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I met millennial Ruchika Tulshyan at the 2013 Forbes' Women Power Summit.  Since connecting, she has epitomized the quote “fortune is in the follow-through.”  Ruchika reached out, letting me know specifically what she was looking to do, but without expectation. She has subsequently (and consequently) done some editing work for me.  I am delighted to have made her acquaintance.

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I’ve always validated myself through my work. I got my first internship at 15 and interned every summer since, until I got my first job at 22, armed with a Master’s degree. As a journalist I get my affirmations from the frisson of pleasure every time I see my name in print. Over time, it’s measured by clicks, Likes, Shares…etc.

So last month, when I quit my job to relocate to Seattle for my husband’s new job, I was terrified. I had no job prospects lined up. I was scared of standing still, fearful of what those empty, endless days ahead would bring. With no family or friends in Seattle, what would I do all day?

When I sold my furniture in Atlanta, a software engineer working for Delta Air Lines came to buy our pool table. “Do you like your job?” I asked. “It pays the bills,” she replied. She really wanted to be a high school math teacher, but a combination of money and embarking on a path she thought she wanted post-college had kept her in the profession for 5 years already. “Not sure I can switch now,” she told me. And she wasn’t even 30. I felt reassured – so I wasn’t the only one feeling like I was in the wrong job because I had developed new skills and interests since college!

That conversation sounded so familiar, because I’ve had it with so many. My friends, even in other fields – finance, technology, medicine — complain about the daily hum. Many Sunday nights are filled with a palpable air of dread. Most of my friends in their 20s question their career decisions. Not everyone dislikes their field of choice, but certainly, many don’t feel fulfilled at their workplace. As people learn what they are good at and not, who they want to be has changed drastically since they started down a career path. But with economic uncertainty, many are scared of change. A pause is out of the question.

Despite the occasional terror, I am beginning to realize I am fortunate.

rsz_pausepursuit
During this love-for-my-husband, hence self-imposed break, I’ve returned to why I wanted to be a journalist in the first place: the sheer love of writing. I write everyday, even without the deadlines. Very few journalists I know write because of an unshakeable need to write. Prior to my time off, I hadn’t written everyday because I wanted to since…well…I was a child.

As journalists, we’re encouraged to stay away from the “I”. But spending time exploring a new city, sights and people, I’ve been inspired to write deeply personal prose. It helps me find my purpose. My inner voice signals what I want to do next. Words I choose in my writing – entrepreneurship, leadership, communications – are emerging to form patterns I never paid much attention to before.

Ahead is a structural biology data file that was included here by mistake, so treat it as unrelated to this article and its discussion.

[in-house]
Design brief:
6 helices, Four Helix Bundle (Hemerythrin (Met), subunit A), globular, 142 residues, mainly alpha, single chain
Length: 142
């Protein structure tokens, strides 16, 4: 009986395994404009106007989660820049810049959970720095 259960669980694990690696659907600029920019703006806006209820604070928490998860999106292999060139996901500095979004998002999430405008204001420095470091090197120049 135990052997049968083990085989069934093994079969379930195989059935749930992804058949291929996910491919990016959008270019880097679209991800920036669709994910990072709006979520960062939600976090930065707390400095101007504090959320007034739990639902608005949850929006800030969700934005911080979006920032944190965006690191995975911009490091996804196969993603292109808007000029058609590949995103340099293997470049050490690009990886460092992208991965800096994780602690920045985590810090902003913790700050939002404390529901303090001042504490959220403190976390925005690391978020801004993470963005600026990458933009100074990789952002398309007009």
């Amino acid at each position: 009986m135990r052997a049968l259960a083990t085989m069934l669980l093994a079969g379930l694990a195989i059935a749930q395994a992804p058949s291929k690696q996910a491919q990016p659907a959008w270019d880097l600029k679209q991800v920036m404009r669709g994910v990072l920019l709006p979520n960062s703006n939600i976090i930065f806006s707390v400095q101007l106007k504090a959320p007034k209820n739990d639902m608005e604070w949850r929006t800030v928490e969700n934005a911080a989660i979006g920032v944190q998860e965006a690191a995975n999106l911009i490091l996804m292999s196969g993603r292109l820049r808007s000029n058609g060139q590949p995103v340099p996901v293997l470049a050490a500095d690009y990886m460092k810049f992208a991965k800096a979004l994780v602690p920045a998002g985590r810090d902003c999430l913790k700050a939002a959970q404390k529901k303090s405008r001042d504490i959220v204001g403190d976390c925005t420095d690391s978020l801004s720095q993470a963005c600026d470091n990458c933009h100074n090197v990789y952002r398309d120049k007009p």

I’ve heard of people feeling unfulfilled after 25 years in corporate America. But in today’s world, we’re getting to that realization much earlier. At 26, I already feel like I’ve been working for decades. Now I see I just wasn’t always putting my best skills to work, especially the new ones I’ve developed through the course of my career so far. When I graduated college in 2008 – digital media was just taking off. Today, there are whole careers built around it.

My mother always said: we make the best decisions when we block out external noise. I’m a natural people person, so I’ve always deferred to others for advice. “What do you think I should be?” “Where’s a good place for me to work?”

But now that I’m far away from loved ones, my husband thrown into the demands of a new job, I have no choice but to listen to myself. I have reconnected with my other loves too – yoga, cooking, skincare. Before, yoga was something I “squeezed in”, rushing from work to class, then rushing back to make dinner. Over the last month, I’ve been early to all my classes – for the first time. No rush.

As I spend more time on my own, I’ve also re-evaluated what makes me happy at work. Reflecting back on the people and places I’ve worked at in London, New York, Singapore, Mumbai and Atlanta, I ponder when and where I was most stimulated. This type of soul-searching is really hard for me, as I’ve had to challenge many paradigms I’ve held for years. Things like: how important is money to me?  What type of people do I work best with? What’s negotiable and what’s not?

A career break is not something everyone has the luxury to enjoy. Yet, I strongly recommend it to anyone with the opportunity. It is especially important for millennials like me. As people, we change every few years, but in today’s frenetic pace, it’s impossible to step back and reassess how far we’ve come, before deciding where to go next. Taking a breath, a pause, is one way I’m avoiding the clichéd “millennial burnout.”

Ruchika Tulshyan has lived in six cities over three continents. After being teased for being a “human dictionary” as a child, she had no choice but to become a journalist.  She has spent most of her professional career covering money, Asia, women’s leadership and lifestyle – often at the same time. She co-founded an investment company at the age of 23 in Singapore, where she’s from. Ruchika is also a proud volunteer-organizer of TEDxCentennialParkWomen – part of the global TEDxWomen conference.  To learn more about her (and to hire her for freelance editing – says Whitney), click here (rtulshyan.contently.com). Follow her on Twitter at @rtulshyan.

What are your thoughts on burnout?
Have you ever had a quasi — self-imposed pause?
What happened?

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